TOKYO ⸺ Japan’s Nikkei share average closed higher on Friday, as gains in export-focused Sony Group and Toyota Motor on a weaker yen offset weakness in chip-related stocks, but the index ended lower for the week on concerns over fresh coronavirus cases.
Nikkei rose 0.27% to close at 28,783.28, after four straight sessions of declines, while the broader Topix jumped 0.88% to 1,956.31.
But for the week, the Nikkei slid 0.97%, its first weekly fall in four, while the Topix lost 0.32% after rising last week.
“The weaker yen is boosting shares in automakers, as well as other manufacturers, such as Sony, as investors expect they might raise their outlook,” said Norihiro Fujito, chief investment strategist at Mitsubishi UFJ Morgan Stanley Securities.
“But their gains are capped by the weak performance of the Nikkei’s heavyweights, such as chip-making equipment makers and Fast Retailing. That explains Topix’s bigger gains.”
Japan is likely to extend by two weeks or more coronavirus containment measures in the greater Tokyo area, four government sources said on Thursday.
Sony Group, an exporter of games, cameras and other electronic home appliances, was the top gainer on the top 30 core Topix, jumping 3.66%, as the yen hit its lowest level since March 2020. Hitachi rose 2.1%.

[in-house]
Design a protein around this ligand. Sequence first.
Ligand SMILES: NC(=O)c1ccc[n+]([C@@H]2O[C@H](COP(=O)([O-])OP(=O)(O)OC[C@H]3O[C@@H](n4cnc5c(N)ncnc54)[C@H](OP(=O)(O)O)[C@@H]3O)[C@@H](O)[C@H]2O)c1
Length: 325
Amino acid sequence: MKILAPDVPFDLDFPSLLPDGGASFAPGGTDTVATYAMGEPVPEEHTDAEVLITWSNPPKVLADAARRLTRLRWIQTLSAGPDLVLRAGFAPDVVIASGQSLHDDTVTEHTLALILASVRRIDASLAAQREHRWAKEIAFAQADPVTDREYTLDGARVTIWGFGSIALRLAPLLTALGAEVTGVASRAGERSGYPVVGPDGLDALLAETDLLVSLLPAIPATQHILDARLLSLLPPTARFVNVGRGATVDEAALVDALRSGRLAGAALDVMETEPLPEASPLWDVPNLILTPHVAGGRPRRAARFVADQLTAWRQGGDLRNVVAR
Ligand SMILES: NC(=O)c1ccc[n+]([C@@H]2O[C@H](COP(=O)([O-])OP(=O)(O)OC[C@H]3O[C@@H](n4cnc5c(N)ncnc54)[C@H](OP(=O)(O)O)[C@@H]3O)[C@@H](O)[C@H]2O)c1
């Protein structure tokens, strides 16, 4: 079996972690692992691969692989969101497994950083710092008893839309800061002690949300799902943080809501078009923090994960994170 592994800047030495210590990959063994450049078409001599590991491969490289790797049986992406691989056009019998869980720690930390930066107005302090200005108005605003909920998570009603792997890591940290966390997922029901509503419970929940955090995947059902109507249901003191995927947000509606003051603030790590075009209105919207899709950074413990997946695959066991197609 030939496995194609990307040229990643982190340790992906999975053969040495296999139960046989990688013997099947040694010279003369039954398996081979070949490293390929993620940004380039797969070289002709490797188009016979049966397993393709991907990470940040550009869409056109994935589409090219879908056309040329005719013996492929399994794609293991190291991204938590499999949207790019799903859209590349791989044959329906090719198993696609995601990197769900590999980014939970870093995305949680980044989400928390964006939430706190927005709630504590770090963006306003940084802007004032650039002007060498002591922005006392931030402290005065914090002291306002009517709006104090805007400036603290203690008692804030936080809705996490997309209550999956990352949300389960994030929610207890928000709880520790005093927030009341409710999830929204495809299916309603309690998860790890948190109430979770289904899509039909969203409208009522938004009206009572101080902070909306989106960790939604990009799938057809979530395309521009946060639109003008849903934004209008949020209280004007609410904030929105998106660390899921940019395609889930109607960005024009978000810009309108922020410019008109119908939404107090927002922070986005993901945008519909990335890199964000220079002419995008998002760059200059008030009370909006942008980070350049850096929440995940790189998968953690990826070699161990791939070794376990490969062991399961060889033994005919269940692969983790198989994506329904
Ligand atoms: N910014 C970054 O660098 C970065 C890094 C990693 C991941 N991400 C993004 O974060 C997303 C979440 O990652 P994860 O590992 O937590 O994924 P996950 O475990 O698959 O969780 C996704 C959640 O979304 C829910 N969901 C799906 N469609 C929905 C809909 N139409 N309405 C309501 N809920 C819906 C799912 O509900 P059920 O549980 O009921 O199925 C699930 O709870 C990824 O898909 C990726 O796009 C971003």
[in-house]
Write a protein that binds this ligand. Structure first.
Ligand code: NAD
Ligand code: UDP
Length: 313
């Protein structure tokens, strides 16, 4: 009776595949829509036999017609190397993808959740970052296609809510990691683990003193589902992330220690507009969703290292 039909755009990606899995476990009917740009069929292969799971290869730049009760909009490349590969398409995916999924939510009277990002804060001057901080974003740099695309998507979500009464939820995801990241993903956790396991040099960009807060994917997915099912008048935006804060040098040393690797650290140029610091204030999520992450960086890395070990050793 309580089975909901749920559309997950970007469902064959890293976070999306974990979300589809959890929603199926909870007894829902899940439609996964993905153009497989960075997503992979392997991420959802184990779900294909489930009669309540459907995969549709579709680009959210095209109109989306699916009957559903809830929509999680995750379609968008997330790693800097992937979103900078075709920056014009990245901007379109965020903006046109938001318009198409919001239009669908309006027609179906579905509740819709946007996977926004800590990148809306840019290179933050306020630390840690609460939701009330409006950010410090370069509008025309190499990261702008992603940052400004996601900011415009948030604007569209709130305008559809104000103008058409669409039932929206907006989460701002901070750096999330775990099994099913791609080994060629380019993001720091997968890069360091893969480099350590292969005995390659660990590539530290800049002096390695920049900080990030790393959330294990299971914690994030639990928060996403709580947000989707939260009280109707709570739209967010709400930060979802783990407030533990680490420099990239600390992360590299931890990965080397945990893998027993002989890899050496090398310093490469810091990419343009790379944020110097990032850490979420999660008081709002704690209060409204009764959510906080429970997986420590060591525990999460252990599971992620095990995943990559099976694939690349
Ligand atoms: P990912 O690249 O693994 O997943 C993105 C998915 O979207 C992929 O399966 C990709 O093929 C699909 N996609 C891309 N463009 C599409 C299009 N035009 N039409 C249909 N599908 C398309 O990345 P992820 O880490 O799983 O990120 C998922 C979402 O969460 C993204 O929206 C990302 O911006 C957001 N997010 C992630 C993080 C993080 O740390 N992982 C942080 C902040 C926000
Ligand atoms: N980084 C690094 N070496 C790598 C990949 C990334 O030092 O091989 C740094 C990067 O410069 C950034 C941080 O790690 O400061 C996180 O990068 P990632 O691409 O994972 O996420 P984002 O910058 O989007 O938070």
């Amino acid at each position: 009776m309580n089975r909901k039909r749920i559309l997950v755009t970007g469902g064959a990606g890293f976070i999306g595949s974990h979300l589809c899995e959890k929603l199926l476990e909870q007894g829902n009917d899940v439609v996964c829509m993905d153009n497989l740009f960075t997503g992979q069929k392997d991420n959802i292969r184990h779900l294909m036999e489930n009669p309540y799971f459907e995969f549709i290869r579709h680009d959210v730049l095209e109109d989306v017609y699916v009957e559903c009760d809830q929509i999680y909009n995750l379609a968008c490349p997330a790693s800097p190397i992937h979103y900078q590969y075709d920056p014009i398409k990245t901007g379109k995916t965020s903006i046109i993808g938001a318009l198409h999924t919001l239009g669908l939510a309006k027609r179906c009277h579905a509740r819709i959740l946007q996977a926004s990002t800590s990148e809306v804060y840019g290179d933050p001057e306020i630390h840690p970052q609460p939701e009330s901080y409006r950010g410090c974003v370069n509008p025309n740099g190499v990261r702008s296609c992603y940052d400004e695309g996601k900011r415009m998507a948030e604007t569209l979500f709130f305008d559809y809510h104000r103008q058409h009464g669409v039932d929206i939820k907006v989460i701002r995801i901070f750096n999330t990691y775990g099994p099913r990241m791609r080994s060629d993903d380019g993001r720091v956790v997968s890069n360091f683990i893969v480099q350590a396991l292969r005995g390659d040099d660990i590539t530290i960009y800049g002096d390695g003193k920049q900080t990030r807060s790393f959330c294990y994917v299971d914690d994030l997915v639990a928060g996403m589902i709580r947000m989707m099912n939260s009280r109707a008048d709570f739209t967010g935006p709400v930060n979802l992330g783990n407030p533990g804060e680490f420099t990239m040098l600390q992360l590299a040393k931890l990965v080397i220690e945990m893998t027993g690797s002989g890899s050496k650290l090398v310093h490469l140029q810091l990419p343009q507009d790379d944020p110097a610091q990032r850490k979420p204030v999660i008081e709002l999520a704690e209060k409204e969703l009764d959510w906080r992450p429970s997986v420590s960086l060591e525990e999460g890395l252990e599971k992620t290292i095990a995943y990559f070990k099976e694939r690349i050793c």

Automakers Toyota Motor, Honda Motor, Nissan Motor and Mazda Motor surged between 1.38% and 6.53%, following strong quarterly sales numbers from U.S. peers, which pointed to the trend continuing into 2022.
Domestic chip-related shares tracked overnight losses at the Philadelphia SE Semiconductor index, with Tokyo Electron and Advantest falling 2.11% and 1.32%, respectively. [.N]
Fast Retailing, known for its Uniqlo clothing brand, fell 0.89% after a report that French prosecutors had opened an investigation into four fashion retailers suspected of concealing crimes against humanity in China’s Xinjiang region.
Daiichi Sankyo fell 0.52% and was the worst performer among the Topix 30 names, followed by Seven & i Holdings, which fell 0.38%.
Reporting by Junko Fujita; Editing by Aditya Soni and Rashmi Aich; Reuters